March 7, 2018
There's been a lot of talk these past few days about the "bullishness" of the latest Commitment of Traders Report for COMEX silver—and rightfully so. However, without some context, it's difficult to determine the degree to which the latest report is historic and unprecedented.
Here's what we know: For the first time in nearly 15 years, the group called "Large Speculators" (hedge funds, trading funds, managed money, etc.) on the Commitment of Traders "Legacy" report is NET SHORT COMEX silver futures. But what does this imply, and what, if anything, is the significance? To answer these questions, we must look back and research similar positioning and price. To begin with, the most recent CoT showed the following:
Large Speculators long 63,023 contracts.
Large Speculators short 64,531 contracts.
This gives a NET short position of 1,508 COMEX silver contracts.
As mentioned above, this is the first time since the report surveyed April 1, 2003 that the Large Specs have carried a NET short position. However, in the past 30 months, they've come close to crossing this threshold twice.
On the CoT report of July 24, 2015, the NET position of the Large Specs in silver bottomed out at just 4,245 contracts long. Interestingly, this report was surveyed just four days after the publication of the infamous Wall Street Journal article that proclaimed gold to be a "pet rock": http://jasonzweig.com/lets-be-honest-about-gold-it...
The price of COMEX silver did NOT immediately bottom thereafter, and it's vitally important for you to understand that the CoT is often a lagging indicator of future trend. However, as you can see below, price was near $14.50 at the time of the report, and it rallied to a high of $16.20 less than 90 days later. That's a 12% rally within the context of what was an ongoing bear market, with most gains not coming until September.
After reaching a bear market low of $13.64 in December of 2015, the price of COMEX silver rallied in the first half of 2016, reaching a high of $20.41 in early August. From those Dec ‘15 lows, this was a rally of 49.6%, and the growing Large Spec NET long position peaked at 95,977 contracts on the CoT of July 29, 2016.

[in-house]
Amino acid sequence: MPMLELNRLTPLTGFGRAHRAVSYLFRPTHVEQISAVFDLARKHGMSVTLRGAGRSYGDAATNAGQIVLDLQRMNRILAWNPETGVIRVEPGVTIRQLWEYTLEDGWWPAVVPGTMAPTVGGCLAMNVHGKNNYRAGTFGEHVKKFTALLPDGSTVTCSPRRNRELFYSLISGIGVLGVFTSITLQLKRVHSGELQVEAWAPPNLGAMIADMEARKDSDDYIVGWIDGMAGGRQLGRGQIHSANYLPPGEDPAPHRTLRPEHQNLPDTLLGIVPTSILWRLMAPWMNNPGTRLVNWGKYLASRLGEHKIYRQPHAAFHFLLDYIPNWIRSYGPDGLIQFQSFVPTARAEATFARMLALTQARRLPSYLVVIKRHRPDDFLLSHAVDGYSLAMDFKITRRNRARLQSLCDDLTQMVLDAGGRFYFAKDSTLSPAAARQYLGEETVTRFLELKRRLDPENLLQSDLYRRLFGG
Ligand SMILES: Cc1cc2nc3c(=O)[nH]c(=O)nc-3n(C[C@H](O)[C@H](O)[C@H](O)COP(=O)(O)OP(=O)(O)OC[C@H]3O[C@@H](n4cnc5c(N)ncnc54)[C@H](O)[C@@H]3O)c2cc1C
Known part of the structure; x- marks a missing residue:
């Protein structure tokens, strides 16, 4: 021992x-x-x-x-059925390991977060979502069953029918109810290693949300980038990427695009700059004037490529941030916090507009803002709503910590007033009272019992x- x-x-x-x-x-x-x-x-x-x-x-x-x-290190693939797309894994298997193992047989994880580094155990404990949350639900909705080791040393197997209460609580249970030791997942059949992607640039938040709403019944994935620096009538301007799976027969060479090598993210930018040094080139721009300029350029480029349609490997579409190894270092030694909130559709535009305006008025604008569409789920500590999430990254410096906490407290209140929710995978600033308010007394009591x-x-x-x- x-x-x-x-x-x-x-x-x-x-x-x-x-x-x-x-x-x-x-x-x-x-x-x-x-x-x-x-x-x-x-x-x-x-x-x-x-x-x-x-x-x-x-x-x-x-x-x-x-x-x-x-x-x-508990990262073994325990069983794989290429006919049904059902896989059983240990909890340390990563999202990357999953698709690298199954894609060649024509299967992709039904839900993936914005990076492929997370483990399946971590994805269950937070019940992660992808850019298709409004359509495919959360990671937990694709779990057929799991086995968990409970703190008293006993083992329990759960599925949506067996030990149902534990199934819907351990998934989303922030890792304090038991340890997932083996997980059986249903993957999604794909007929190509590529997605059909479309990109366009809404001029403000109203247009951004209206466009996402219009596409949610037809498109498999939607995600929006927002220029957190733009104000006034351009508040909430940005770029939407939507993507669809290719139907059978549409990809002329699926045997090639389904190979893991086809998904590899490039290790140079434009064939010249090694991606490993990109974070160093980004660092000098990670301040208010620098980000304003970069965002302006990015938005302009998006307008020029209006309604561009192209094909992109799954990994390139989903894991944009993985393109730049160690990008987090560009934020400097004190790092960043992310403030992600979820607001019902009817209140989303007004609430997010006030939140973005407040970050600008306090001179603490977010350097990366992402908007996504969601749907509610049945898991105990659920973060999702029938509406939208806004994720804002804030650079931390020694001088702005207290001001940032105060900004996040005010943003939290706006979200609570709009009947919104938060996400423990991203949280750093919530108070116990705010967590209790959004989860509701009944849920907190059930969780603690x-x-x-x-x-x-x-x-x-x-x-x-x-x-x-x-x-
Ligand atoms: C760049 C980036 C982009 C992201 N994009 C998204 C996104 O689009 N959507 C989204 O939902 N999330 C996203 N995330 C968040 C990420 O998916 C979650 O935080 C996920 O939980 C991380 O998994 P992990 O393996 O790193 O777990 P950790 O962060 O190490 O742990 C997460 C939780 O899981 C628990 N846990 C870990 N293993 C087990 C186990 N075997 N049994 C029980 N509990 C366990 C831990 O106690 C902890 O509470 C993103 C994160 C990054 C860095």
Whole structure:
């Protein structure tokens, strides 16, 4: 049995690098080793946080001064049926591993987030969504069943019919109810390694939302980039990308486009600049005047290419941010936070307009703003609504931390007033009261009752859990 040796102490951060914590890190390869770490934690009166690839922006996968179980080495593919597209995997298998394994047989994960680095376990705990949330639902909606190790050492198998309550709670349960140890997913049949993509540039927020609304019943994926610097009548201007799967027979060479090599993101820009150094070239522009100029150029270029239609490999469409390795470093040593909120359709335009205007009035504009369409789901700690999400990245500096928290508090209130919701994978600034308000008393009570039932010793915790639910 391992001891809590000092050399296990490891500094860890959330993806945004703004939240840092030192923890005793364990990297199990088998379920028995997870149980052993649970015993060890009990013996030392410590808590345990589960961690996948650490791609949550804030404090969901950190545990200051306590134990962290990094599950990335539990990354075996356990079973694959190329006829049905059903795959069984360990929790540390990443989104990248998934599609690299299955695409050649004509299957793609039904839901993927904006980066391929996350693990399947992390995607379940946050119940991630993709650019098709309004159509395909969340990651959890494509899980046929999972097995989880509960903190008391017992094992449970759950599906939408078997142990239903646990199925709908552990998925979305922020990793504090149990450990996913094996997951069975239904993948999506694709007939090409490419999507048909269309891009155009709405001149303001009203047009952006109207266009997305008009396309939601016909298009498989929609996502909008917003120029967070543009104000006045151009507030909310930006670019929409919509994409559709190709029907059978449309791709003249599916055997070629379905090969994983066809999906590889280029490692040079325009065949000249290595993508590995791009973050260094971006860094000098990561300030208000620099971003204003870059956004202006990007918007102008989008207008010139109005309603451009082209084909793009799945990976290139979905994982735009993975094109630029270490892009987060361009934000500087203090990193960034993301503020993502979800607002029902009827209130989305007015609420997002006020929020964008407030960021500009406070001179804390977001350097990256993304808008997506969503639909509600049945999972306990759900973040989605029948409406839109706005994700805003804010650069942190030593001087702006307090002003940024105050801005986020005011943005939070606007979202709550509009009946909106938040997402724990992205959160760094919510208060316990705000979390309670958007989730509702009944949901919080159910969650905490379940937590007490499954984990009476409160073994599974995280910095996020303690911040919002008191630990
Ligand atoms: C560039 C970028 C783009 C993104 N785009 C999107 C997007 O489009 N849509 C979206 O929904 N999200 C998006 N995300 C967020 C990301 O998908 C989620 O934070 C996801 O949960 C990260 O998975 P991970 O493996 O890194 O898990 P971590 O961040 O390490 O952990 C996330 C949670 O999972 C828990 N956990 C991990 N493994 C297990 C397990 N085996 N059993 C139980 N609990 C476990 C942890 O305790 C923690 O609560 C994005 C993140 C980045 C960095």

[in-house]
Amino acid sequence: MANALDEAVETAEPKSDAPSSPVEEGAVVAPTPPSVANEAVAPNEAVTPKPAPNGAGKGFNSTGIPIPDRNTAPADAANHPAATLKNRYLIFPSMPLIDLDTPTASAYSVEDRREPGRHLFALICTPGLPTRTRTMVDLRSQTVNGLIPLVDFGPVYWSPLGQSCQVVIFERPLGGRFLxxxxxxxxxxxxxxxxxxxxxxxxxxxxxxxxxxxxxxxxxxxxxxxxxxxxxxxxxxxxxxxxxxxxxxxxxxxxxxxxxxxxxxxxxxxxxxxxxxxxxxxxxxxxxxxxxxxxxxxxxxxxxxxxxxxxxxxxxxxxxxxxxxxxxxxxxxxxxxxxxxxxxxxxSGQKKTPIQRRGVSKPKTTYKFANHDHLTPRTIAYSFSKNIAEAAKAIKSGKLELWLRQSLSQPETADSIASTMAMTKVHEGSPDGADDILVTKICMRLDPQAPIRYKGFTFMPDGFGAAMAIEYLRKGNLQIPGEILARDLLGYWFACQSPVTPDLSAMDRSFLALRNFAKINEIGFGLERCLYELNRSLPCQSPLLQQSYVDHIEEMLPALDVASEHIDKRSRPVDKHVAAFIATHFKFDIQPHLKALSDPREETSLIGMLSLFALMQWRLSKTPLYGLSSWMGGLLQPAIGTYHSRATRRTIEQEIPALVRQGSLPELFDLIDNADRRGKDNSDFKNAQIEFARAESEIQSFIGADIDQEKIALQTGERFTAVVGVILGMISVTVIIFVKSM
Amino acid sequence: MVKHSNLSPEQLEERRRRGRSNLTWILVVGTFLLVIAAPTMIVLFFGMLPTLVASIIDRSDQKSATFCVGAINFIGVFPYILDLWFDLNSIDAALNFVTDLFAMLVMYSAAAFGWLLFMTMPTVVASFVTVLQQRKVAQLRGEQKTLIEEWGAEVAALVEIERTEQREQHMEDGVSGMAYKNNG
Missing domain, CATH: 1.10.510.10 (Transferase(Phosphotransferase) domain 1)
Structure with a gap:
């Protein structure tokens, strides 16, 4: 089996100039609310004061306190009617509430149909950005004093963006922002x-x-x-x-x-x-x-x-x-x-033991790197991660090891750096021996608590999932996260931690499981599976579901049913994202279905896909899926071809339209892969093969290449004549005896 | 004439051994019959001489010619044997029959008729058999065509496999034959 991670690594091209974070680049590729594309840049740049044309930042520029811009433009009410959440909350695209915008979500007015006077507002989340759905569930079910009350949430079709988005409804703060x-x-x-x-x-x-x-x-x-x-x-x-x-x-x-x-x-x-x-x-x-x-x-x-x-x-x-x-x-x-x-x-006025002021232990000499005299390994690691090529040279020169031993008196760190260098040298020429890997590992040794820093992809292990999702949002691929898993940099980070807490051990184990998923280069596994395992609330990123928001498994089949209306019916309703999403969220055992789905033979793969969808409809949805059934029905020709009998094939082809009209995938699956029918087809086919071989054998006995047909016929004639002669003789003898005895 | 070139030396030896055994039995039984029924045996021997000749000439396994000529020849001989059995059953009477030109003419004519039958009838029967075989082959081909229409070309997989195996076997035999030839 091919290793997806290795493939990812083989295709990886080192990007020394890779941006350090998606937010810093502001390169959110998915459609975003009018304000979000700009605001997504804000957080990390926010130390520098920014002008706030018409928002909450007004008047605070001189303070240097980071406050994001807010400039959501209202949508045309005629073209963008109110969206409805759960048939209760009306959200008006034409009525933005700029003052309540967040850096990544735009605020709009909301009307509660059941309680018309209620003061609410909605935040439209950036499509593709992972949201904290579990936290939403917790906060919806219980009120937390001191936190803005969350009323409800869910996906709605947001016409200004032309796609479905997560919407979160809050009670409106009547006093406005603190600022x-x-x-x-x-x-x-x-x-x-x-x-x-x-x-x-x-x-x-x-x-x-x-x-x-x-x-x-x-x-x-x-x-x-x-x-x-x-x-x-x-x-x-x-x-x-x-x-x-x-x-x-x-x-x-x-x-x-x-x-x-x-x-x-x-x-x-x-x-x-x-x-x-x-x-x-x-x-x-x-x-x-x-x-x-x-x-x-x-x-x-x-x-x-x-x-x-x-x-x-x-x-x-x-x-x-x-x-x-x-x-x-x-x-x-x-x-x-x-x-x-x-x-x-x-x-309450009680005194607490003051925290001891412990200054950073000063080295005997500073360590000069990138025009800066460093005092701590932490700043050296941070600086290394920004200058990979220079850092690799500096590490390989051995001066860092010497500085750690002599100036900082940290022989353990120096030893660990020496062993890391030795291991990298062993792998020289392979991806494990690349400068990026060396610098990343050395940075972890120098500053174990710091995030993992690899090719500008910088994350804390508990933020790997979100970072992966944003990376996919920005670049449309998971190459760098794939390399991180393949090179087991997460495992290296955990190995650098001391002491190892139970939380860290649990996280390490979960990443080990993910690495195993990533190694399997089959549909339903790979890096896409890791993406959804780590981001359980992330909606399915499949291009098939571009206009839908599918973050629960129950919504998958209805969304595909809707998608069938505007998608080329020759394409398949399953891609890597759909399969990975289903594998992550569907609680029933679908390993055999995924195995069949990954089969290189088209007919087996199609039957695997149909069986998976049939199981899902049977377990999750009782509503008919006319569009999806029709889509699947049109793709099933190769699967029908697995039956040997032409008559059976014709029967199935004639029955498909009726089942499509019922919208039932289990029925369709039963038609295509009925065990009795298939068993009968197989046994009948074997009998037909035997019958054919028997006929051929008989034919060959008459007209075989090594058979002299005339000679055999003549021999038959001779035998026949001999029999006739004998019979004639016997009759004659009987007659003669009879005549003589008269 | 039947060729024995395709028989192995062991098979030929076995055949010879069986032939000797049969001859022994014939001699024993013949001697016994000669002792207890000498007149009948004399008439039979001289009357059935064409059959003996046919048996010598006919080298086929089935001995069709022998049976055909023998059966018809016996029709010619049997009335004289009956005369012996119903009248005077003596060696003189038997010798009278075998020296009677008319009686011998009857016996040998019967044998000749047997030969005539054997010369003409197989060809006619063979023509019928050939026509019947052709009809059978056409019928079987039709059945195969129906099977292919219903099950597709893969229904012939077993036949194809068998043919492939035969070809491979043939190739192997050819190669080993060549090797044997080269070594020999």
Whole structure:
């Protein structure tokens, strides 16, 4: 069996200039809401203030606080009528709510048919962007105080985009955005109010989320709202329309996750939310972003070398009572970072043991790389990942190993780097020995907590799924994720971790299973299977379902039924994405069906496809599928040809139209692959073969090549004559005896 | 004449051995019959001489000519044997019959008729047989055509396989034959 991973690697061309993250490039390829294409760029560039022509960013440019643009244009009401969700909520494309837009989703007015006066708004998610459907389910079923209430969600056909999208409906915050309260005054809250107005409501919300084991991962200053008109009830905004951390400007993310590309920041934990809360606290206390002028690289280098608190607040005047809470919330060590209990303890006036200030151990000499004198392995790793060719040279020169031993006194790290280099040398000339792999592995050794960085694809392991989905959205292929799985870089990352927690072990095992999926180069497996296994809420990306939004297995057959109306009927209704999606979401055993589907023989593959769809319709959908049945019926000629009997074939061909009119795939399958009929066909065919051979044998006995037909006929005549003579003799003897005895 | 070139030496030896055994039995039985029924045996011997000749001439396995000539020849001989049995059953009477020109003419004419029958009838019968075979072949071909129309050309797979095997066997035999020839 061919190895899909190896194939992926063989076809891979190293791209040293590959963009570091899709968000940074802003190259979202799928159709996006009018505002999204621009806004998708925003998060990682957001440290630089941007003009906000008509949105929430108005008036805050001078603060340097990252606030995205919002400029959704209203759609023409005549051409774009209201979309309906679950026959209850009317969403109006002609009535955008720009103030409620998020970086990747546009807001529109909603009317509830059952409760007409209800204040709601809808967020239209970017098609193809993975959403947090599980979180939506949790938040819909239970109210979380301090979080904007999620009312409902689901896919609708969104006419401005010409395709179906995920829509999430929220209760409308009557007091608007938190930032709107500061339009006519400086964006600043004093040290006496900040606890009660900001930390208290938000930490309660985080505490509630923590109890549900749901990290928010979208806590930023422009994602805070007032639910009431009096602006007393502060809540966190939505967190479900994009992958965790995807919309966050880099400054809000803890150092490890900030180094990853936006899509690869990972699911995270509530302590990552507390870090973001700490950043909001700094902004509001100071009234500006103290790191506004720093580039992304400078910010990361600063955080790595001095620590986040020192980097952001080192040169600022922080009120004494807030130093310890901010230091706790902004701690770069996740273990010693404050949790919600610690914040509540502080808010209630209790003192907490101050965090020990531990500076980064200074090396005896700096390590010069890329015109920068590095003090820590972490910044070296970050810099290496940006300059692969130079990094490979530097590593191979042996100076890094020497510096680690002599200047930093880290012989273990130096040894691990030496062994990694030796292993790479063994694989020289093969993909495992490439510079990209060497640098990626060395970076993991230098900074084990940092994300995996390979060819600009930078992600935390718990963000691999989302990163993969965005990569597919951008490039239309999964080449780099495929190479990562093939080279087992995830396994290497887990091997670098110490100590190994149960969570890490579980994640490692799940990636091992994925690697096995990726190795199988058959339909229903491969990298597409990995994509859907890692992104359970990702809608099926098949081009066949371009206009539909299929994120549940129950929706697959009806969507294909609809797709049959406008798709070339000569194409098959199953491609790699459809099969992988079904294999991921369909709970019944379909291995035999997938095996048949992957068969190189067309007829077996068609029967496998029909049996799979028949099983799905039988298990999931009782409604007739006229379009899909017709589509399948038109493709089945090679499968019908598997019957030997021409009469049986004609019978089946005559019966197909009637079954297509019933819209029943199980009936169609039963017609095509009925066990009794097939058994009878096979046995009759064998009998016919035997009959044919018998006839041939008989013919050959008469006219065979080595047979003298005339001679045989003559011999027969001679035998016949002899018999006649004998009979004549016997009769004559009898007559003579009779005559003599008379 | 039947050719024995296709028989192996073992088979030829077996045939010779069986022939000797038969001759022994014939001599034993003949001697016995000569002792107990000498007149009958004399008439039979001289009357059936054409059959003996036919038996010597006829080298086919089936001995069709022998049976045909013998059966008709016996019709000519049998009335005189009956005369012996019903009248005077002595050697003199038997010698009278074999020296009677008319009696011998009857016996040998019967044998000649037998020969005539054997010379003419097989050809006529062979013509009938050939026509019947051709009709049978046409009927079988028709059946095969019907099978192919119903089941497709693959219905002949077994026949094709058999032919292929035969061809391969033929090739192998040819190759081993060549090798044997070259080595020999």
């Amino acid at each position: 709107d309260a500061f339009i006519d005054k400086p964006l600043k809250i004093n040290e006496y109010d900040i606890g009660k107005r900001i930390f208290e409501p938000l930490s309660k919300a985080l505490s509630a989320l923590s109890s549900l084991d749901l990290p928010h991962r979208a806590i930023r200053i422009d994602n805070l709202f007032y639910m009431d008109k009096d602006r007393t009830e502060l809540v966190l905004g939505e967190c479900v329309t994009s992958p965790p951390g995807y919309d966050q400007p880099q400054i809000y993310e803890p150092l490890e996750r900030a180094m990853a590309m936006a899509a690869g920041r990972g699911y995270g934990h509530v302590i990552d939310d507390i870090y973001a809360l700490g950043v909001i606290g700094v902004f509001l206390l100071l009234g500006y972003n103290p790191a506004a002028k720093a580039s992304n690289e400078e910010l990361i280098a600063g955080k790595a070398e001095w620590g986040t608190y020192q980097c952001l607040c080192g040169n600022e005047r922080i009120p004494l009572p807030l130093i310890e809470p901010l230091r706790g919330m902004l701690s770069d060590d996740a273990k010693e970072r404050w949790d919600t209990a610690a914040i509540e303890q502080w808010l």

After price traded sideways to down for over a year, the Large Spec NET long position actually declined to a new, 15-year low on the CoT of December 22, 2017. On this report, surveyed on December 19 when price was $16.07, the Large Specs were NET long just 2,469 contracts. You likely recall what happened next. COMEX silver rallied through January, reaching a price peak of $17.71 on January 25, 2018 for another gain of 10.1%. The following Tuesday, the 30th, the Large Spec NET long position was shown to be 32,422 contracts.
So now to the current situation. As you can see above, in the five days since the most recent CoT that showed this historic Large Spec NET short position, price has already gained about 2.5%. If at a minimum, price follows the pattern of the last two Large Spec CoT lows, another 10% from here puts price above $18. This will have significant implications, which we'll discuss in a future post.
For the purposes of closing this post, however, let's go way back to that CoT of 15 years ago ... the last one to show a NET short position for the Large Specs in silver. On the date of that survey, April 1, 2003, the price of COMEX silver was just $4.47, and the Large Specs reported a NET short position of 3,680 contracts (h/t to Twitter user "Captain Sensible"). Price began to rally in July 2003, and it reached a peak of $8.50 in April of 2004. That's a move of 90%. I'm not going to do the math and imply that COMEX silver is now headed to $30 in the next year, but I won't stop you from using your imagination in this regard.
So, in the end, you must understand the unusual nature and historical significance of the Large Specs in COMEX silver being NET short. You might also want to take some time to consider how you might benefit from the next rally in silver that is virtually assured to unfold in the weeks ahead.